Ford rolls out new F series but will it stay No. 1?
Automotive News | January 21, 2008 - 12:01 am EST
DETROIT The best-selling vehicle in the U.S. auto industry the Ford F-series pickup might lose its sales crown in 2008.
The full-sized pickup segment faces another tough year. Combine Ford Motor Co.'s already-shrinking lead with its strategy of cutting production and incentives, and the F series might not be able to fight off an incentive-laden Chevrolet Silverado for a 32nd straight year.
Ford marketing chief Jim Farley says another year at the top is "certainly our goal. But there are a lot of market forces, and we can't predict what competitors do."
With the race narrowing, it is crucial that Ford successfully launch the new version of its crown jewel: the re-engineered and restyled 2009 F-150. The new model, going on sale this fall, features new exterior styling meant to echo its big brother, the Super Duty.
The F-150 will face a re-engineered and restyled 2009 Dodge Ram, also on sale this fall. For the first time, Dodge is offering a true crew cab model, and Dodge executives expect the updated Ram to increase its share.
Meanwhile, General Motors' top sales executive says the automaker wants to boost pickup share and is willing to increase incentives.
If Ford goes for profit over volume and Chevrolet pumps up incentives in pursuit of the title not even that updated F-150 will be enough to keep the F series on top.
"We'll see at the end of the year," Mark Fields, Ford's president of the Americas, said last week at the Detroit auto show. "We're going to keep our dealers competitive, but we have a very specific strategy that says we're going to keep our inventories in line in a disciplined fashion."
The F series finished 2007 with U.S. sales of 690,589, down 13.2 percent. The Silverado, which was re-engineered and restyled for the 2007 model year, was just 72,332 units behind the closest it's been since 1994.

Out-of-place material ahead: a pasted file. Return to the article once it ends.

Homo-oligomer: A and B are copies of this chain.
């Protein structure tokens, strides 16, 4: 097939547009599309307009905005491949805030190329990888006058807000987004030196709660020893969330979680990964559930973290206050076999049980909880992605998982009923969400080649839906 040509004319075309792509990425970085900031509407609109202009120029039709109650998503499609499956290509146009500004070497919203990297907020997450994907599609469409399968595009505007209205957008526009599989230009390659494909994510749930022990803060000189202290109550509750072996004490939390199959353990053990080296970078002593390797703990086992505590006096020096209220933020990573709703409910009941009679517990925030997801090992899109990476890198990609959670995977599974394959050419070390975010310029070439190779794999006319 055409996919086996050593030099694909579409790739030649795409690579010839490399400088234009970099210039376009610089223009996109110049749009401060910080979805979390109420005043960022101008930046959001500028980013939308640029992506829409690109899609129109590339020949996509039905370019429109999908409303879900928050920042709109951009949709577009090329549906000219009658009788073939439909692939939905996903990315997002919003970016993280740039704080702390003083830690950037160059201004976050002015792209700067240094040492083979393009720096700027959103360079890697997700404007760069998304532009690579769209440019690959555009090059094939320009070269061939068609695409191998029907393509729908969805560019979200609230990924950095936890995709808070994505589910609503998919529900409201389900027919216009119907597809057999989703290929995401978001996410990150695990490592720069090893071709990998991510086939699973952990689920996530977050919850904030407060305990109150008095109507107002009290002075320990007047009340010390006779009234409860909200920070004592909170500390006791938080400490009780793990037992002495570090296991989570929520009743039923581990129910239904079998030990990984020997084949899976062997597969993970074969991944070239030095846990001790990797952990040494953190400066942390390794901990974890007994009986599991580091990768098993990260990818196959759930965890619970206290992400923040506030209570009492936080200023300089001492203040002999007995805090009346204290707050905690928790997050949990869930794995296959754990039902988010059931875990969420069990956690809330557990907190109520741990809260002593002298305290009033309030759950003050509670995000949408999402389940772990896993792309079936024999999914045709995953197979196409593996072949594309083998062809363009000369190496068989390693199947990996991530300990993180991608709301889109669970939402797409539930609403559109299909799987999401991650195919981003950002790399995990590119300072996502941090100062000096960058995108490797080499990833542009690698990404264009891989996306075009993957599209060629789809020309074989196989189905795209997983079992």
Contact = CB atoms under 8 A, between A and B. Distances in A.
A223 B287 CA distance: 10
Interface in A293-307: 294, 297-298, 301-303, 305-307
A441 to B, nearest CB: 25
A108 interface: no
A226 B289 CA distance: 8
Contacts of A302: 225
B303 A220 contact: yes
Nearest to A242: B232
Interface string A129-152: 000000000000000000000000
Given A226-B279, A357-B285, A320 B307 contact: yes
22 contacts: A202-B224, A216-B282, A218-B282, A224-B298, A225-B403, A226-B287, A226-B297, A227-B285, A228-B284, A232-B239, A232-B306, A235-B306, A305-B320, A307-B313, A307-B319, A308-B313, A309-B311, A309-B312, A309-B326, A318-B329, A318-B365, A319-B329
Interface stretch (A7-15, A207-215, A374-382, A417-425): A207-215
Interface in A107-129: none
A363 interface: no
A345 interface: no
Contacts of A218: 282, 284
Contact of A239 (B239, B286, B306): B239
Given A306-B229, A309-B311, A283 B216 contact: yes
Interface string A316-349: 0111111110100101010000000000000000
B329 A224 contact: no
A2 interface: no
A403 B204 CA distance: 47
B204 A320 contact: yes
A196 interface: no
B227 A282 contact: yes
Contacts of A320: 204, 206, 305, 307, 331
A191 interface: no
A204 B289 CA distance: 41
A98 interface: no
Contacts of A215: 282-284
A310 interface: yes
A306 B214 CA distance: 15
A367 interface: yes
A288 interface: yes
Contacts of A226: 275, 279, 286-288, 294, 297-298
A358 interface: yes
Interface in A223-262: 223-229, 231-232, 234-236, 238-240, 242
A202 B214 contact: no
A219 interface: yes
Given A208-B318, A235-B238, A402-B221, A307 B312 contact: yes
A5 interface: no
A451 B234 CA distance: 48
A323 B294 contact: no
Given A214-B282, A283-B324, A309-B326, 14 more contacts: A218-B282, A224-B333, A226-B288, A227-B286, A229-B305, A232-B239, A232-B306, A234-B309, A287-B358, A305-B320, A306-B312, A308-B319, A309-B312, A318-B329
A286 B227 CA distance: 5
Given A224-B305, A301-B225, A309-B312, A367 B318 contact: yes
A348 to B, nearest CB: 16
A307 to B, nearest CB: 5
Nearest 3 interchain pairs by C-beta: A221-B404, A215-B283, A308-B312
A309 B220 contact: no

A sampling of what's new in Ford's restyled and re-engineered 2009 F-150 pickup
-- New high-end Platinum series
-- Longer crew cab model
-- Flat load floor and fold-up rear seats in back of crew cab
-- Redesigned interiors
-- Stronger and lighter frame
-- New tailgate step
-- Longer leaf springs
Incentives for all big-pickup players except Ford and Toyota rose in December, according to Edmunds.com. Incentives on the F-150, one of the segment's oldest models, dropped to the middle of the pack: Ford spent $3,799 per vehicle on the F-150, while GM put an average of $718 less on the much fresher Silverado 1500.
Chevrolet picked up share in December and Ford lost share, even though the F series edged the Silverado in total sales.
But the Ford truck isn't likely to stay ahead in 2008 if Chevrolet maintains its higher inventory and spends a lot on incentives. The Silverado begins the year with 52,600 more units on the ground than the F series. That's not much less than the final sales margin between the two last year.
"Their inventory suggests to me that it's going to be a very expensive year in the full-sized-pickup segment," says Ford sales analyst George Pipas. "The one with the most inventory is going to dictate the price in the market."